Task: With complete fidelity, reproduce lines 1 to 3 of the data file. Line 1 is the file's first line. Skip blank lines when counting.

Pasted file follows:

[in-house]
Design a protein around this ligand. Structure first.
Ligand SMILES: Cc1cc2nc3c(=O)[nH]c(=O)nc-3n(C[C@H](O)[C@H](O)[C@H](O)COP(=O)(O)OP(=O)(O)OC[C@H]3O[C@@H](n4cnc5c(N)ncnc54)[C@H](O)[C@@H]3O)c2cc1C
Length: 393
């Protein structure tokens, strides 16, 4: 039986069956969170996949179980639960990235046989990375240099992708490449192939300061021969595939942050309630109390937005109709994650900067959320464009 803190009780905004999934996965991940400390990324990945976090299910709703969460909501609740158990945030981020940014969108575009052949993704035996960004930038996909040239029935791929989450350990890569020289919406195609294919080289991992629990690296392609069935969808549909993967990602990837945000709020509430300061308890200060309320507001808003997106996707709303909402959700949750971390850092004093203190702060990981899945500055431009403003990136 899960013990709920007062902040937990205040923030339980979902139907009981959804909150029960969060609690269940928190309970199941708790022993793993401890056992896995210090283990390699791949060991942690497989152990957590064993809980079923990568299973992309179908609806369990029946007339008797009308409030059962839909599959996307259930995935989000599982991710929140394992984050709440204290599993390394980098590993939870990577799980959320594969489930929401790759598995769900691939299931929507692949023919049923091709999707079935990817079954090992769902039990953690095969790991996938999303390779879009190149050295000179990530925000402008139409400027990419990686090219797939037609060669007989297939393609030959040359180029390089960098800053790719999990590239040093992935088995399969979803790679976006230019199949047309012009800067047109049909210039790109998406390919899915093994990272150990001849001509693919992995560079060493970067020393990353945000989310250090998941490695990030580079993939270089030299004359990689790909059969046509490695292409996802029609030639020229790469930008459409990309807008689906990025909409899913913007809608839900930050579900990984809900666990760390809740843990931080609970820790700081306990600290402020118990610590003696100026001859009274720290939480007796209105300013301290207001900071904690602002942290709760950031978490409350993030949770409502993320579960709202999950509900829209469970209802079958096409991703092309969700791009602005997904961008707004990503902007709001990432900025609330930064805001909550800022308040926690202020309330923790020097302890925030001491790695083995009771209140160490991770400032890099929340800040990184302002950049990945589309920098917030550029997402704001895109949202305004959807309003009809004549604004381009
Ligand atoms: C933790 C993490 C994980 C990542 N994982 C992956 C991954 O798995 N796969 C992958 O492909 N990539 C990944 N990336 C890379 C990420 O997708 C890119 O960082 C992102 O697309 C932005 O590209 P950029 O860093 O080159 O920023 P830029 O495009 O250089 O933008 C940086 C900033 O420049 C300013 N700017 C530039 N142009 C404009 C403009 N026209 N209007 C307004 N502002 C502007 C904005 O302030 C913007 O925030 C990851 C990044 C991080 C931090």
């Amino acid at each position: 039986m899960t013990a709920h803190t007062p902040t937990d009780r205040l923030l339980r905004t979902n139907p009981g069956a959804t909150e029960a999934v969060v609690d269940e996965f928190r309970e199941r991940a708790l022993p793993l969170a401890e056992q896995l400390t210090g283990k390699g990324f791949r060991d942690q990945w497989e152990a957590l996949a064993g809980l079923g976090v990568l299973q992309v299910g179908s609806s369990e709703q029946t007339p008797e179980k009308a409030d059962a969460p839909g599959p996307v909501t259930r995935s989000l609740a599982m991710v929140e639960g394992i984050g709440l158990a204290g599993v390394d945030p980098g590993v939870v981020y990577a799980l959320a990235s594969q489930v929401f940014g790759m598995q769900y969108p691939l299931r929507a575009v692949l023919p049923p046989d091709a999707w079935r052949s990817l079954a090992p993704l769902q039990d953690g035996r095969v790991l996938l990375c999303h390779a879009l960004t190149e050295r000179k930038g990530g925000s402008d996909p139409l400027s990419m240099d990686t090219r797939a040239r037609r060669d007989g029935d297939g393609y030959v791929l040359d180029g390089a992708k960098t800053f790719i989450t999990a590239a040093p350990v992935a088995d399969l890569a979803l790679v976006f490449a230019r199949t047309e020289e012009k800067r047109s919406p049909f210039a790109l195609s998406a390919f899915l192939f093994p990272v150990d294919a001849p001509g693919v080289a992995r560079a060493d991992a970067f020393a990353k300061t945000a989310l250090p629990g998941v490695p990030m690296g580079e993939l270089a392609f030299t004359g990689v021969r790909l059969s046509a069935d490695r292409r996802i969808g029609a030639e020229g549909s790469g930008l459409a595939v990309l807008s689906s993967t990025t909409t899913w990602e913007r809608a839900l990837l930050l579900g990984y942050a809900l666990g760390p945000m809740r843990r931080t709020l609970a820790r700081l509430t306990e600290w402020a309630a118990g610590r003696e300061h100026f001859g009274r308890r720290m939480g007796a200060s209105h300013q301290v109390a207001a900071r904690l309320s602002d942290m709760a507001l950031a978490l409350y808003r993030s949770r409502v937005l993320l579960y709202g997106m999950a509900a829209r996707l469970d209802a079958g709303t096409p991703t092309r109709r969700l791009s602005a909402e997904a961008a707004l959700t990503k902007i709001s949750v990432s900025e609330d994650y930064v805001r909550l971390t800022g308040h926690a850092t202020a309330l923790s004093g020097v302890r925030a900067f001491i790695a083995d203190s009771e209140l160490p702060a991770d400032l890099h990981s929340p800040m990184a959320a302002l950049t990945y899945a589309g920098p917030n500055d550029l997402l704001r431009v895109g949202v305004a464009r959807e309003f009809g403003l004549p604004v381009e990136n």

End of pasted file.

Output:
[in-house]
Design a protein around this ligand. Structure first.
Ligand SMILES: Cc1cc2nc3c(=O)[nH]c(=O)nc-3n(C[C@H](O)[C@H](O)[C@H](O)COP(=O)(O)OP(=O)(O)OC[C@H]3O[C@@H](n4cnc5c(N)ncnc54)[C@H](O)[C@@H]3O)c2cc1C